Why is the Farm at Sabbathday Lake Shaker Village so Unique?


| 8/26/2015 10:13:00 AM


Tags: Shakers, traditional skills, sustainable communities, historic places, Mary Quinn Doyle, Maine,

 

Mother Ann Lee and eight of her followers established the Shaker Church in America in 1774. Over the years, more than thirty Shaker communities that focused on an agrarian and self-sufficient lifestyle were established in the United States. The Sabbathday Lake Shaker Village in New Gloucester, Maine, is the only active Shaker community that exists in the world today. It is a peaceful community which has lived in harmony with the land since it was founded in 1783.*

Situated on 1800 acres of land, the Sabbathday Lake Shaker Village remains a working farm. It is home to an apple orchard, tree farm, vegetable gardens, a commercial herb garden, hay fields, and pastures. Some of the traditional Shaker pastimes are still carried out at the Village, such as basket making, weaving, printing, and various handcrafts. At the present time, a flock of sheep, four Scottish Highland cattle, pigs, and several cats are being raised by the Sabbathday Lake Shakers.

Traditional Shaker Farming Practices Live On

Long ago the Shakers developed a reputation for their efficient and productive farming practices. They were founded as a peace-loving community based on common religious beliefs. Surprising to some is the fact that they were progressive in many ways with their assertion of the equality of the sexes, their communal lifestyle, their openness in welcoming those in need, and their embracing of inventions and technology.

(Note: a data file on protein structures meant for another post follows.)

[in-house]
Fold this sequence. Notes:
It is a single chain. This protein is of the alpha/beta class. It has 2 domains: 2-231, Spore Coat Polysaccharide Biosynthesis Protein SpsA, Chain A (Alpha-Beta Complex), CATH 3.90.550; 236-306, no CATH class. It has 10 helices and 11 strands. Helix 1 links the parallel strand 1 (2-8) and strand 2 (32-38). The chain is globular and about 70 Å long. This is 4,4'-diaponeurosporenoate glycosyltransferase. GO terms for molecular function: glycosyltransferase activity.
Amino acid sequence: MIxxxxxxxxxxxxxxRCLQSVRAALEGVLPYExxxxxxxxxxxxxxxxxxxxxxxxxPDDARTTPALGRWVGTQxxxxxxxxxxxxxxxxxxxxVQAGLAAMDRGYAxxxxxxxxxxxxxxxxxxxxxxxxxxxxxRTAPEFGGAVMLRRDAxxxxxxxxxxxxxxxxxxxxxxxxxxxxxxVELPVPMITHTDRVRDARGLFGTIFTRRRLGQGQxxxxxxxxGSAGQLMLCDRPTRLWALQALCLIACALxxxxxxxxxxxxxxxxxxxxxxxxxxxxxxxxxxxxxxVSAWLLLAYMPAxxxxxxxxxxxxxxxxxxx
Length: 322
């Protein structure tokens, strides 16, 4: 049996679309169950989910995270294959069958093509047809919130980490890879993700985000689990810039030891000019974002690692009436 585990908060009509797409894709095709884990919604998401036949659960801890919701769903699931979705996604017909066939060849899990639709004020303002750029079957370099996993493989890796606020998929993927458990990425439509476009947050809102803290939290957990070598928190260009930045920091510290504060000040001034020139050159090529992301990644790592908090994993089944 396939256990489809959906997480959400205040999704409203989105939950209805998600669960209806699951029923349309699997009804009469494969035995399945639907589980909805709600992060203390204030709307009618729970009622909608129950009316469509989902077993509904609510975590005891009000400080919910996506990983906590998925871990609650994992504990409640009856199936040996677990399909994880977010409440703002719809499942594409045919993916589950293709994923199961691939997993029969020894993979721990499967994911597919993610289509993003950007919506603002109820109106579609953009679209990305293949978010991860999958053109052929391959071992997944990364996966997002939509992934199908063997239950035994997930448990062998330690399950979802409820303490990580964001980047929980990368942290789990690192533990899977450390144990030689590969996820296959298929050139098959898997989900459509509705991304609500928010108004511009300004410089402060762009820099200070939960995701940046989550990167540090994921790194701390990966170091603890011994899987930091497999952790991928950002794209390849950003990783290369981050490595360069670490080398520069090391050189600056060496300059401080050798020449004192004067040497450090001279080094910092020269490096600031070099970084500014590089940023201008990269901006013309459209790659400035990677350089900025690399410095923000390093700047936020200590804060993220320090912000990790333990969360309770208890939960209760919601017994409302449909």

The Sabbathday Lake Shakers cared for a dairy herd, sheep, chickens, pigs, turkeys, and draft horses when their thriving community was home to approximately two hundred individuals in the 1800’s. A gristmill, sawmill, several barns, spinhouse, herb house and a hothouse, where seedlings and flowers were raised, were all located on the property. Extensive gardens and an orchard abundant with a variety of apples graced the landscape. The Community was recognized for its knowledge of medicinal and culinary herbs and its collection of seeds. Plum, peach, and cherry trees were grown, as well as asparagus and strawberries.

Draft horses were utilized on the Shaker farm through the 1950’s. According to Leonard Brooks, the former Director of the Shaker Library, the Shakers at Sabbathday Lake are credited with advancing the efficiency of the horse-drawn Maine mower and also in improving the design of a heavy-duty collar for the draft horses.The Shakers that lived in the various rural communities in our country have always been innovative in regard to farm developments. They have been credited with improving the air-tight heating stove, spring clothes pins, an apple peeler, the butter churn, the flat broom, washing machine, circular saw blade, and metal-nibbed pens.




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